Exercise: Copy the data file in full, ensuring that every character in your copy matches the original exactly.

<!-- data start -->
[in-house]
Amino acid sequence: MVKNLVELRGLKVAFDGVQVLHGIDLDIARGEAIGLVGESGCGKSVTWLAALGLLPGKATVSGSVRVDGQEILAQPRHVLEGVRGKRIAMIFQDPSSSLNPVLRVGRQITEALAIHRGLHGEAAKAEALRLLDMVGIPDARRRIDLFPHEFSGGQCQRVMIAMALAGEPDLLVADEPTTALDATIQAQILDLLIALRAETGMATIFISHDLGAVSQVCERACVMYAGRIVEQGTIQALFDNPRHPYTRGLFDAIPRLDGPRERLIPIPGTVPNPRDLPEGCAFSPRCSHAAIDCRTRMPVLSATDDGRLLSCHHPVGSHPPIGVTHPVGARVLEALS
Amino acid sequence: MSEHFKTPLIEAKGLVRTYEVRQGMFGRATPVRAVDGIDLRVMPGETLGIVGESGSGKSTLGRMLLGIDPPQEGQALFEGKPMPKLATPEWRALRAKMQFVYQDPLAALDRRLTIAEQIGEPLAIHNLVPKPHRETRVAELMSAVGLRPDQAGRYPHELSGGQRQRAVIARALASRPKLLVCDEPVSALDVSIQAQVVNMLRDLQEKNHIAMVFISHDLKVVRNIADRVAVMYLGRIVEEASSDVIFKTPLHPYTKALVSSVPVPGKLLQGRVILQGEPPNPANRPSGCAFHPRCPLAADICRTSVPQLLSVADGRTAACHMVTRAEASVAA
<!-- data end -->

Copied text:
[in-house]
Amino acid sequence: MVKNLVELRGLKVAFDGVQVLHGIDLDIARGEAIGLVGESGCGKSVTWLAALGLLPGKATVSGSVRVDGQEILAQPRHVLEGVRGKRIAMIFQDPSSSLNPVLRVGRQITEALAIHRGLHGEAAKAEALRLLDMVGIPDARRRIDLFPHEFSGGQCQRVMIAMALAGEPDLLVADEPTTALDATIQAQILDLLIALRAETGMATIFISHDLGAVSQVCERACVMYAGRIVEQGTIQALFDNPRHPYTRGLFDAIPRLDGPRERLIPIPGTVPNPRDLPEGCAFSPRCSHAAIDCRTRMPVLSATDDGRLLSCHHPVGSHPPIGVTHPVGARVLEALS
Amino acid sequence: MSEHFKTPLIEAKGLVRTYEVRQGMFGRATPVRAVDGIDLRVMPGETLGIVGESGSGKSTLGRMLLGIDPPQEGQALFEGKPMPKLATPEWRALRAKMQFVYQDPLAALDRRLTIAEQIGEPLAIHNLVPKPHRETRVAELMSAVGLRPDQAGRYPHELSGGQRQRAVIARALASRPKLLVCDEPVSALDVSIQAQVVNMLRDLQEKNHIAMVFISHDLKVVRNIADRVAVMYLGRIVEEASSDVIFKTPLHPYTKALVSSVPVPGKLLQGRVILQGEPPNPANRPSGCAFHPRCPLAADICRTSVPQLLSVADGRTAACHMVTRAEASVAA